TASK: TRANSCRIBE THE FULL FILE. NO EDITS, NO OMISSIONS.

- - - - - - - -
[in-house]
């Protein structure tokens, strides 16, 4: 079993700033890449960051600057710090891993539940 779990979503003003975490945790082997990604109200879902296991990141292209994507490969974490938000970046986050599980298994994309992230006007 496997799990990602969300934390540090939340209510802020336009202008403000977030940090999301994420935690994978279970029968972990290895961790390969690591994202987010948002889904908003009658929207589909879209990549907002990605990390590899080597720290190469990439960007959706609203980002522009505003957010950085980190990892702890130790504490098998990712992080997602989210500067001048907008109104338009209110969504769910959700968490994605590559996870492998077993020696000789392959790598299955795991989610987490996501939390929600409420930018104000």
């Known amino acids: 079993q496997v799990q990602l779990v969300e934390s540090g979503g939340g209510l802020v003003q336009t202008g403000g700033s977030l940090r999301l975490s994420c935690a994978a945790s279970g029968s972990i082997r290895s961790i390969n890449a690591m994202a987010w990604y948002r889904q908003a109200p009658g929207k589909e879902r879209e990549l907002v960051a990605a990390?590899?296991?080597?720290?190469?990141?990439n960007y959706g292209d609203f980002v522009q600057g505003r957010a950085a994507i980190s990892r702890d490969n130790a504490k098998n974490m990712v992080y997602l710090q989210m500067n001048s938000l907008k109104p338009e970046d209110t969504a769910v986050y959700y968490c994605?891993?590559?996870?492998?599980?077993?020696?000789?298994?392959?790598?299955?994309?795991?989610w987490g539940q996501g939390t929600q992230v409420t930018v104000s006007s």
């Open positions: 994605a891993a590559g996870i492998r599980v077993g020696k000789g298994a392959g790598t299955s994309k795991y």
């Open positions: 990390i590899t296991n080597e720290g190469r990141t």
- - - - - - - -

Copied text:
[in-house]
């Protein structure tokens, strides 16, 4: 079993700033890449960051600057710090891993539940 779990979503003003975490945790082997990604109200879902296991990141292209994507490969974490938000970046986050599980298994994309992230006007 496997799990990602969300934390540090939340209510802020336009202008403000977030940090999301994420935690994978279970029968972990290895961790390969690591994202987010948002889904908003009658929207589909879209990549907002990605990390590899080597720290190469990439960007959706609203980002522009505003957010950085980190990892702890130790504490098998990712992080997602989210500067001048907008109104338009209110969504769910959700968490994605590559996870492998077993020696000789392959790598299955795991989610987490996501939390929600409420930018104000």
């Known amino acids: 079993q496997v799990q990602l779990v969300e934390s540090g979503g939340g209510l802020v003003q336009t202008g403000g700033s977030l940090r999301l975490s994420c935690a994978a945790s279970g029968s972990i082997r290895s961790i390969n890449a690591m994202a987010w990604y948002r889904q908003a109200p009658g929207k589909e879902r879209e990549l907002v960051a990605a990390?590899?296991?080597?720290?190469?990141?990439n960007y959706g292209d609203f980002v522009q600057g505003r957010a950085a994507i980190s990892r702890d490969n130790a504490k098998n974490m990712v992080y997602l710090q989210m500067n001048s938000l907008k109104p338009e970046d209110t969504a769910v986050y959700y968490c994605?891993?590559?996870?492998?599980?077993?020696?000789?298994?392959?790598?299955?994309?795991?989610w987490g539940q996501g939390t929600q992230v409420t930018v104000s006007s």
């Open positions: 994605a891993a590559g996870i492998r599980v077993g020696k000789g298994a392959g790598t299955s994309k795991y």
């Open positions: 990390i590899t296991n080597e720290g190469r990141t």